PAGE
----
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Current Directions in Biomedical Engineering

Joint Journal of the German Society for Biomedical Engineering in VDE and the Austrian and Swiss Societies for Biomedical Engineering

Editor-in-Chief: Dössel, Olaf

Editorial Board: Augat, Peter / Buzug, Thorsten M. / Haueisen, Jens / Jockenhoevel, Stefan / Knaup-Gregori, Petra / Kraft, Marc / Lenarz, Thomas / Leonhardt, Steffen / Malberg, Hagen / Penzel, Thomas / Plank, Gernot / Radermacher, Klaus M. / Schkommodau, Erik / Stieglitz, Thomas / Urban, Gerald A.

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A macrophage model of osseointegration

Herbert P. Jennissen
  • Corresponding author
  • Institut für Physiologische Chemie, Universität Duisburg-Essen, Universitätsklinikum Essen, Hufelandstr. 55, D-45122 Essen, Germany
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Published Online: 2016-09-30 | DOI: https://doi.org/10.1515/cdbme-2016-0015

Abstract

The mechanisms of peri-implant de novo bone formation and contact osteogenesis are still largely unknown. In 1984 Donath et al. showed that macrophages were the first cells to colonize a titanium implant. Recently it was shown that that there are inflammatory (M1) and healing macrophages (M2), the latter of which can secrete BMP 2. In the context of data from a gap healing experiment a macrophage model of osseointegration is suggested.

Keywords: BMP-2; histiocytes; M1 macrophages; M2 macrophages; peri-implant bone healing; VEGF

1 Introduction

Peri-implant healing by de novo bone formation (increase in bone volume) involves two principal pathways, namely contact osteogenesis and distance osteogenesis as originally reported by Osborn 1979 [1]. In contact osteogenesis (osteoconduction), predominant in trabecular bone, bone forms first on the implant surface by recruitment and migration of osteogenic cells so the implant surface, followed by bone formation in apposition to the implant surface [2]. In distance osteogenesis, predominant in cortical bone, autochtonous new bone is formed on the surface of old bone, instead of on the implant, and approximates the implant surface from the periphery [2]. An important factor influencing contact osteogenesis appears to be the hydrophilicity and microtopography of an implant surface (for reviews see Ref. [3], [4]). The histology of the first stages of peri-implant healing on a titanium plasma sprayed surface (TPS) was reported in 1984 by Donath et al. [5]. However, how de novo bone formation occurs on an inert metallic surface such as titanium is unclear. Here a model is proposed for nanostructured, hyperhydrophilic titanium surfaces (see [6]).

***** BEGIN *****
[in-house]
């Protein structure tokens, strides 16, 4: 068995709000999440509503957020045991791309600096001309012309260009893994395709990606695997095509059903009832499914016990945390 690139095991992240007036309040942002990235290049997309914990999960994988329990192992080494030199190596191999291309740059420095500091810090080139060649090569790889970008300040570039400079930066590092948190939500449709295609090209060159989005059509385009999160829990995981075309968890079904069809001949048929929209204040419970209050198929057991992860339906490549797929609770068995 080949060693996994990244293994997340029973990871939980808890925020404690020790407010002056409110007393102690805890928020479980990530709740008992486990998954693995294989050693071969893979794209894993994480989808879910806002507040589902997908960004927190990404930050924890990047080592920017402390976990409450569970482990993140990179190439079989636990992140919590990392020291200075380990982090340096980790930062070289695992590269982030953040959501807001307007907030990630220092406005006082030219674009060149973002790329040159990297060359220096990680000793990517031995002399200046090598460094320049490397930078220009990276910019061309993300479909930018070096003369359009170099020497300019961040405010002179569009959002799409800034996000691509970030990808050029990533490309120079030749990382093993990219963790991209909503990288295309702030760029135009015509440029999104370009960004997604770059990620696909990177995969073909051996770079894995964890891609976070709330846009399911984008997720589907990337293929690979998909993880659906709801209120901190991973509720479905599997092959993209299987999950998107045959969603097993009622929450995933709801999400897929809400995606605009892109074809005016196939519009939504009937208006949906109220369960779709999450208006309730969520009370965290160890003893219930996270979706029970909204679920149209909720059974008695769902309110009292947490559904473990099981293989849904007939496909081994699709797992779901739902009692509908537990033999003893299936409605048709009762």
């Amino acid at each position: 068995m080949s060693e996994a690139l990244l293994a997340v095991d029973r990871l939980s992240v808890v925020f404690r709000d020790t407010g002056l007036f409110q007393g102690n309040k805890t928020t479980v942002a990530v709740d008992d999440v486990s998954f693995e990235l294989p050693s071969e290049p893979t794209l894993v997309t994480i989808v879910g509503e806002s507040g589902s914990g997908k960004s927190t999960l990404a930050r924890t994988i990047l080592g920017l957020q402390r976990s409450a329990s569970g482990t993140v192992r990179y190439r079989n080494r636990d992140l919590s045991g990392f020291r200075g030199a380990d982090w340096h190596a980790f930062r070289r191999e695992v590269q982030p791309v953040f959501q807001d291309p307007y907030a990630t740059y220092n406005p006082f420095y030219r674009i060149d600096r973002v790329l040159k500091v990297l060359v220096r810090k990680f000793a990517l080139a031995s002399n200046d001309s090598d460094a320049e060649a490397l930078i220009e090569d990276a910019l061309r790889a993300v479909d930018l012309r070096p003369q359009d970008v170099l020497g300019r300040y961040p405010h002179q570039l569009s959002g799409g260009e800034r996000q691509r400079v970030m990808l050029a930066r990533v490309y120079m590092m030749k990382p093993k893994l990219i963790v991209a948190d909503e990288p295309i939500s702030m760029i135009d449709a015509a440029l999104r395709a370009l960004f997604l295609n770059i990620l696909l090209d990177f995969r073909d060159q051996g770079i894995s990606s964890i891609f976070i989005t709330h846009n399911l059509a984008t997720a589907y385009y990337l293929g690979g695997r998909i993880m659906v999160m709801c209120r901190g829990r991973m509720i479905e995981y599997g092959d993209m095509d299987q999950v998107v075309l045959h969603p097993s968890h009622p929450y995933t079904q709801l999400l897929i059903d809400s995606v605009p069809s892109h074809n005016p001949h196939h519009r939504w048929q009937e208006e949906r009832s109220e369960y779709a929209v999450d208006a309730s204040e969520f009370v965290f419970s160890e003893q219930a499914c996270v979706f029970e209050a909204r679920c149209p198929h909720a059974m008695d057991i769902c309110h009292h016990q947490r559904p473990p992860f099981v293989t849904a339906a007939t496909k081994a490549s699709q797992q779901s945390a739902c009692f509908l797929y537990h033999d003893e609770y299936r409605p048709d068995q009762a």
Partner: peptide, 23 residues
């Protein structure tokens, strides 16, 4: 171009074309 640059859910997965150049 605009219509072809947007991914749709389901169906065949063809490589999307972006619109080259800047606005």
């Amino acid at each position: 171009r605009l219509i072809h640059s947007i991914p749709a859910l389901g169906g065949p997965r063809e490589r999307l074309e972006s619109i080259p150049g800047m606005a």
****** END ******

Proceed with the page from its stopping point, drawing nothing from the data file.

2 Material and methods

Methods for the preparation of hyperhydrophilic titanium plasma sprayed surfaces are described in Ref. [6]. The methods involved in gap healing experiments in vivo have been described for osteoinductive TPS-surfaces (BMP-2) in sheep [7] and for nanostructured hyperhydrophilic TPS surfaces preliminarily in minipigs [8]. The hyperhydrophilic nanostructured TPS-implant surfaces were conserved in the dry state by an exsiccation layer of salt [9]. They were implanted in this dry state being wetted intra operationem with blood. The de novo bone formation is defined as the ratio between the area (mm2) of new bone and the total defined area (reference region of interest) in percent. Bone ongrowth i.e. bone implant contact (BIC) via histological slide (1D) is defined as the ratio between the length (mm) of the bone-implant contact and the total defined unit length (reference, region of interest) in percent.